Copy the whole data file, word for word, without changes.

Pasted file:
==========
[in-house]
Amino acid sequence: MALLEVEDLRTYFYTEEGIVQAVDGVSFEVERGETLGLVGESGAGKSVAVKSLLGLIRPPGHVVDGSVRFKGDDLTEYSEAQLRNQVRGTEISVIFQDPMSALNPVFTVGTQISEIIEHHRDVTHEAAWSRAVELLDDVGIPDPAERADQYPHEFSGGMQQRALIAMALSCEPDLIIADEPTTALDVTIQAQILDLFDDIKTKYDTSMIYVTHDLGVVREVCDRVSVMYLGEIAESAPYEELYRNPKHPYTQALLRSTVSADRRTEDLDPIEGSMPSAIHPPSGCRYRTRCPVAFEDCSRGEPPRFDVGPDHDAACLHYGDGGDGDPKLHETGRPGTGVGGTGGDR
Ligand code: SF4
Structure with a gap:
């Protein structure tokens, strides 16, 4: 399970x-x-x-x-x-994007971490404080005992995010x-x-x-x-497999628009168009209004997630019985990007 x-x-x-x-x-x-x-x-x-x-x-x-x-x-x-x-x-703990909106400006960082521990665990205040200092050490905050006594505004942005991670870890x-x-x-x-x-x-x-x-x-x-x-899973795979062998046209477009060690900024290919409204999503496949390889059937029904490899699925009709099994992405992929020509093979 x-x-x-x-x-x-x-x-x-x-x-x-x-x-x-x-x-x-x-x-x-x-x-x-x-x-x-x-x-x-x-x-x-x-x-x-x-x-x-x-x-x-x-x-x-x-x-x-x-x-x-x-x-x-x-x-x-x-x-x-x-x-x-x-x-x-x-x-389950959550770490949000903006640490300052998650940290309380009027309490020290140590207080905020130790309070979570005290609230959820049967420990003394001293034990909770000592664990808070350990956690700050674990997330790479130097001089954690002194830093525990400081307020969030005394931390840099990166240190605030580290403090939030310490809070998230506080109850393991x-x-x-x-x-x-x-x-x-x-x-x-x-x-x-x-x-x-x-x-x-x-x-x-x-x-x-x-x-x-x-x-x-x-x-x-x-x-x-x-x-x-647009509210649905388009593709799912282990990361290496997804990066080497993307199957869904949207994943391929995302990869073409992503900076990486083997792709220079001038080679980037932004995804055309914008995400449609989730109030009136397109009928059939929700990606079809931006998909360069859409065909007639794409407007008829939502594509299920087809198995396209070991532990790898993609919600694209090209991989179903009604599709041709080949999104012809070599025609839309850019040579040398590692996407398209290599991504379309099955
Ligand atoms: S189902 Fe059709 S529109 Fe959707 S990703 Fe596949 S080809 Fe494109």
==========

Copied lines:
[in-house]
Amino acid sequence: MALLEVEDLRTYFYTEEGIVQAVDGVSFEVERGETLGLVGESGAGKSVAVKSLLGLIRPPGHVVDGSVRFKGDDLTEYSEAQLRNQVRGTEISVIFQDPMSALNPVFTVGTQISEIIEHHRDVTHEAAWSRAVELLDDVGIPDPAERADQYPHEFSGGMQQRALIAMALSCEPDLIIADEPTTALDVTIQAQILDLFDDIKTKYDTSMIYVTHDLGVVREVCDRVSVMYLGEIAESAPYEELYRNPKHPYTQALLRSTVSADRRTEDLDPIEGSMPSAIHPPSGCRYRTRCPVAFEDCSRGEPPRFDVGPDHDAACLHYGDGGDGDPKLHETGRPGTGVGGTGGDR
Ligand code: SF4
Structure with a gap:
């Protein structure tokens, strides 16, 4: 399970x-x-x-x-x-994007971490404080005992995010x-x-x-x-497999628009168009209004997630019985990007 x-x-x-x-x-x-x-x-x-x-x-x-x-x-x-x-x-703990909106400006960082521990665990205040200092050490905050006594505004942005991670870890x-x-x-x-x-x-x-x-x-x-x-899973795979062998046209477009060690900024290919409204999503496949390889059937029904490899699925009709099994992405992929020509093979 x-x-x-x-x-x-x-x-x-x-x-x-x-x-x-x-x-x-x-x-x-x-x-x-x-x-x-x-x-x-x-x-x-x-x-x-x-x-x-x-x-x-x-x-x-x-x-x-x-x-x-x-x-x-x-x-x-x-x-x-x-x-x-x-x-x-x-x-389950959550770490949000903006640490300052998650940290309380009027309490020290140590207080905020130790309070979570005290609230959820049967420990003394001293034990909770000592664990808070350990956690700050674990997330790479130097001089954690002194830093525990400081307020969030005394931390840099990166240190605030580290403090939030310490809070998230506080109850393991x-x-x-x-x-x-x-x-x-x-x-x-x-x-x-x-x-x-x-x-x-x-x-x-x-x-x-x-x-x-x-x-x-x-x-x-x-x-x-x-x-x-647009509210649905388009593709799912282990990361290496997804990066080497993307199957869904949207994943391929995302990869073409992503900076990486083997792709220079001038080679980037932004995804055309914008995400449609989730109030009136397109009928059939929700990606079809931006998909360069859409065909007639794409407007008829939502594509299920087809198995396209070991532990790898993609919600694209090209991989179903009604599709041709080949999104012809070599025609839309850019040579040398590692996407398209290599991504379309099955
Ligand atoms: S189902 Fe059709 S529109 Fe959707 S990703 Fe596949 S080809 Fe494109």